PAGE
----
2. Be careful with the “either or” – so here are two spiritual leaders having a conversation and she poses a question that has been the source of much of the angst between her people and the Jewish establishment: are we supposed to worship here on the mountain or down there in the temple? The biggest take away I have from this part of the conversation is that we need to be very cautious when we present Jesus/God/Creator/Divine with an “either/or” scenario. If we lay out day vs night, God gives us dusk and dawn, if we lay out land and sea animals God answers with frogs and salamanders, if we double down on male and female, God gives us bodies like mine that were created with some of both. She asks if they are to worship on the mountain or in the temple and Jesus says, “Wait for it…you’re thinking too small. It’s not a physical place I desire to meet you but a state of being – one that is not of bricks or rocks but of Spirit – not of traditions or cultures – but of truth. Her question was about to become invalid because the whole paradigm was about to change.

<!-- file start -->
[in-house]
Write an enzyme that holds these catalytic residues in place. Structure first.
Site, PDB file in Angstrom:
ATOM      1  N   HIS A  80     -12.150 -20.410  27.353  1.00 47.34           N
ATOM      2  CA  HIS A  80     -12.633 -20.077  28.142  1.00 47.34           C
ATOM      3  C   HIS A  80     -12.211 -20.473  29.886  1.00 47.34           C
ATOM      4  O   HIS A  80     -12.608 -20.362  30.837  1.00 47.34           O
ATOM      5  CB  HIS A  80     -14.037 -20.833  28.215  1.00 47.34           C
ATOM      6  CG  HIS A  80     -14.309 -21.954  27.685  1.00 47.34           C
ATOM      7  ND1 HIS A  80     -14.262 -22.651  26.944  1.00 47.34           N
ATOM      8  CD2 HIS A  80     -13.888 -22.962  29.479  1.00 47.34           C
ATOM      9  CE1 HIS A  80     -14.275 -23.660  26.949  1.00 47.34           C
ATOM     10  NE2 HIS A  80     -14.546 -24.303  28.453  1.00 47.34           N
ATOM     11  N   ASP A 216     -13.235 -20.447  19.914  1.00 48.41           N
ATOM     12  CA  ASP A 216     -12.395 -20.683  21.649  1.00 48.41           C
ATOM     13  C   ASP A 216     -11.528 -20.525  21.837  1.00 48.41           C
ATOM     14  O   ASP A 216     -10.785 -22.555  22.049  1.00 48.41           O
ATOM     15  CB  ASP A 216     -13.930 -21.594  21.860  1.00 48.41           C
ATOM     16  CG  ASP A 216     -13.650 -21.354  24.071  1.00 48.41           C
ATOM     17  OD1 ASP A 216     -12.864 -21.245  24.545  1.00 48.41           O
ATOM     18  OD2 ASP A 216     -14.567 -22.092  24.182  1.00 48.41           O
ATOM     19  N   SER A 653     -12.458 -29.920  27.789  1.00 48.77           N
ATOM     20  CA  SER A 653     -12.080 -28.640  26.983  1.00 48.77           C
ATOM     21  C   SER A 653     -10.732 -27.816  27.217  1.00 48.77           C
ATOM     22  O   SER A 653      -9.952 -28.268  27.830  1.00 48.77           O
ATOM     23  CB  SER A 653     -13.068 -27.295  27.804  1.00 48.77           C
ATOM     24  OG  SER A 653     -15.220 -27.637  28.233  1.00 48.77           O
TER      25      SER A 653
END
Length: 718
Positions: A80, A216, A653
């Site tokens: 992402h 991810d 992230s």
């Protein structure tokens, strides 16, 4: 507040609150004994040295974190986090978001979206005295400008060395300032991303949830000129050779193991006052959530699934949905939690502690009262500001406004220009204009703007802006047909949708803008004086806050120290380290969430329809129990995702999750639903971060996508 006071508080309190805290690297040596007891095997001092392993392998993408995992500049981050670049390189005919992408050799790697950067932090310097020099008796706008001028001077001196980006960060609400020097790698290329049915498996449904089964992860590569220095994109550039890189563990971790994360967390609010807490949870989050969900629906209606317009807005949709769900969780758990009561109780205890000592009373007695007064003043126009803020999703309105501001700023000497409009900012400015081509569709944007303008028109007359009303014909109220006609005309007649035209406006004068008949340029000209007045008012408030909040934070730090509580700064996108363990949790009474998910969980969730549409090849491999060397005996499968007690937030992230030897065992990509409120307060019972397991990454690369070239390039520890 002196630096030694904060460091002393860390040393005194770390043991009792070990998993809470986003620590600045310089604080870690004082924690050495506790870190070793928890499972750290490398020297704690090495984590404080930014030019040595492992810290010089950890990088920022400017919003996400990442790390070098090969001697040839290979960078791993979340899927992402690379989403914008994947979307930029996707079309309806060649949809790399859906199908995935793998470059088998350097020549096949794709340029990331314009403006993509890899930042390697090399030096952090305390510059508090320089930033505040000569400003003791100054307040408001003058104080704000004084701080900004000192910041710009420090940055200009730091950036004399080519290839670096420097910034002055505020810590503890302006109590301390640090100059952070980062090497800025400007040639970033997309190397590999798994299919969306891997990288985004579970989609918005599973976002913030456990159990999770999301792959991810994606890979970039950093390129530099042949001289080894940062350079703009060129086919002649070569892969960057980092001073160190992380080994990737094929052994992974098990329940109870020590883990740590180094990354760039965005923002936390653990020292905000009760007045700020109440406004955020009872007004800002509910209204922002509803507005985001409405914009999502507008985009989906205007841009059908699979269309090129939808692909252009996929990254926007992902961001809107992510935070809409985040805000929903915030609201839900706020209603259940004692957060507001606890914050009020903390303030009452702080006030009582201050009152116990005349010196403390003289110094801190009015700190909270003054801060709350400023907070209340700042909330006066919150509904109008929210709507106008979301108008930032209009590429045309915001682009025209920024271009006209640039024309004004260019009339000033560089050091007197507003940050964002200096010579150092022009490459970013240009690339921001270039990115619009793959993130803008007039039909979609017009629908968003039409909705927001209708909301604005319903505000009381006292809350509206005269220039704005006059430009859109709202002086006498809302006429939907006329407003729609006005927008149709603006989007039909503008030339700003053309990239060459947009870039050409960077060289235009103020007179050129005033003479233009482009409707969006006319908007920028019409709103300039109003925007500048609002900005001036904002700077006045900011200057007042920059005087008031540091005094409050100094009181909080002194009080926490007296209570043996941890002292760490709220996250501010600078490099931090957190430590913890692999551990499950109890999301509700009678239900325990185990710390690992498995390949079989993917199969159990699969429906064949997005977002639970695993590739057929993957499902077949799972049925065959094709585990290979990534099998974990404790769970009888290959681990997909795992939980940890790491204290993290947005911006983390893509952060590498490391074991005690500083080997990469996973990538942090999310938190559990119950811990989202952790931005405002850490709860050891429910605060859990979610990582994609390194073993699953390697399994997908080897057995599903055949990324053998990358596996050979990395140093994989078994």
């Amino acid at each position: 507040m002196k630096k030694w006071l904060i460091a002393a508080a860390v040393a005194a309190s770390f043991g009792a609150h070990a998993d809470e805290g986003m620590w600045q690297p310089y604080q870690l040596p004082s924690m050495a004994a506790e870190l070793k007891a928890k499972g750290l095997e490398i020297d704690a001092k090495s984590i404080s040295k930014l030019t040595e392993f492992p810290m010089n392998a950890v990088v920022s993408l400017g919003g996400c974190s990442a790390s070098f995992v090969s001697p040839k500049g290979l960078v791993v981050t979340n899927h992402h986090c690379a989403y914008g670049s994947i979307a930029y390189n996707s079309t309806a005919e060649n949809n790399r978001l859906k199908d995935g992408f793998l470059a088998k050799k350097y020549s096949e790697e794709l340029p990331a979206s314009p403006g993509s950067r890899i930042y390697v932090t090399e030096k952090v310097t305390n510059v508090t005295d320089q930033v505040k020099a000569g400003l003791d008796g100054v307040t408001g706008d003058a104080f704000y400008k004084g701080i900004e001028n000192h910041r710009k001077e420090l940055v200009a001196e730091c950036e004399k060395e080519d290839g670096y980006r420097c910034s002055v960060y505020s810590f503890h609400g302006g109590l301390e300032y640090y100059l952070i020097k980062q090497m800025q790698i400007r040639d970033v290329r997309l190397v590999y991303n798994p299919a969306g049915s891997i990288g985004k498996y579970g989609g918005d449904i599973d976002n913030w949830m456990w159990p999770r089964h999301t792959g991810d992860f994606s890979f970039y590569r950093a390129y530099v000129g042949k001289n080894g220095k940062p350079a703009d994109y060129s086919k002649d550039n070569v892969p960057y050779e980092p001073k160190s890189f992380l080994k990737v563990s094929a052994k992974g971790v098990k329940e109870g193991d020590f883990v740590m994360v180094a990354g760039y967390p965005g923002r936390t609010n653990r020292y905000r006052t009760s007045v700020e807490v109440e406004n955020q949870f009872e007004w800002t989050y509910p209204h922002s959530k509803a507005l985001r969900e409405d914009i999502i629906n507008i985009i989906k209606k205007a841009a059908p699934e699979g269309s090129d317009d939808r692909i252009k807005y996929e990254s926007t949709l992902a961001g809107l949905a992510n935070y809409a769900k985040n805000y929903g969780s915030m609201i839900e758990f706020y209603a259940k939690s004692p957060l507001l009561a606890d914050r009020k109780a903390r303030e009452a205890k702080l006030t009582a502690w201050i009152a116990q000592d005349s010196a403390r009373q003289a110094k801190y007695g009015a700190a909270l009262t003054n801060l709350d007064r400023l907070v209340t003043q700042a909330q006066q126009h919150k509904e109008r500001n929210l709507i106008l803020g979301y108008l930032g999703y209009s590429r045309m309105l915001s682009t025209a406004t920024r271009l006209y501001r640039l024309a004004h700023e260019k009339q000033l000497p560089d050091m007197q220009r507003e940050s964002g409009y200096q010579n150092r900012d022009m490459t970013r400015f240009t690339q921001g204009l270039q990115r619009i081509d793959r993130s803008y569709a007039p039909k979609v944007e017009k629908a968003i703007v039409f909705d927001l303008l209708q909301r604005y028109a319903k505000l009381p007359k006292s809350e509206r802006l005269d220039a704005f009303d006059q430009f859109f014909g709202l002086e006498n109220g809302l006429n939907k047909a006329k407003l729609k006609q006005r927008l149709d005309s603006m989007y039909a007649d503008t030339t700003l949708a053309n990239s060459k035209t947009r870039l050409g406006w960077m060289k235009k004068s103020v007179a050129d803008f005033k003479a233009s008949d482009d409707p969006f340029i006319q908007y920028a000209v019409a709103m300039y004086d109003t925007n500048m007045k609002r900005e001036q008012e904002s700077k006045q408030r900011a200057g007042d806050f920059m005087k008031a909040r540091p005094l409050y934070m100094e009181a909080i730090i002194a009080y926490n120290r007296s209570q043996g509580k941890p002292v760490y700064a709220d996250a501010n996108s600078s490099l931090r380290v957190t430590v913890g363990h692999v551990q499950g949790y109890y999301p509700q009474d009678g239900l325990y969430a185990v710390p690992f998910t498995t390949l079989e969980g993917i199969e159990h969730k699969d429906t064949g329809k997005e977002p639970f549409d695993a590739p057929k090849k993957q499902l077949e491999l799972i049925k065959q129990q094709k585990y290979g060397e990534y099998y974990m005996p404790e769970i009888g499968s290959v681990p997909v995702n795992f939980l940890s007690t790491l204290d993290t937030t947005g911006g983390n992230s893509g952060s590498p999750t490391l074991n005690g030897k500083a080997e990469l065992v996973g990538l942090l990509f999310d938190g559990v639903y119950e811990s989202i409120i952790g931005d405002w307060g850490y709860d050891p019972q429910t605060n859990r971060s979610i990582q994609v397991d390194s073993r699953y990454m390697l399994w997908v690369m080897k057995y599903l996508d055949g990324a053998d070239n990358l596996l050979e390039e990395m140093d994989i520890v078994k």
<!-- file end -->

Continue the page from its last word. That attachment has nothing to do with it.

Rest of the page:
I’ve often wondered if many of the questions posed by the early church in the book of Acts and the letters of the new testament wouldn’t have been met with the same response: the questions aren’t valid because the paradigm has changed. I think that’s where Peter landed on the notion of eating meat with gentiles and where Paul landed when he said there were no longer slaves or free, jew or gentile, male or female – there was no longer temple or mountain because, through the restoring work of Christ’s death and resurrection, the divinity of God had taken its intended place in the hearts and souls of those created in God’s image. Moving forward worship was a matter of Spirit and Truth.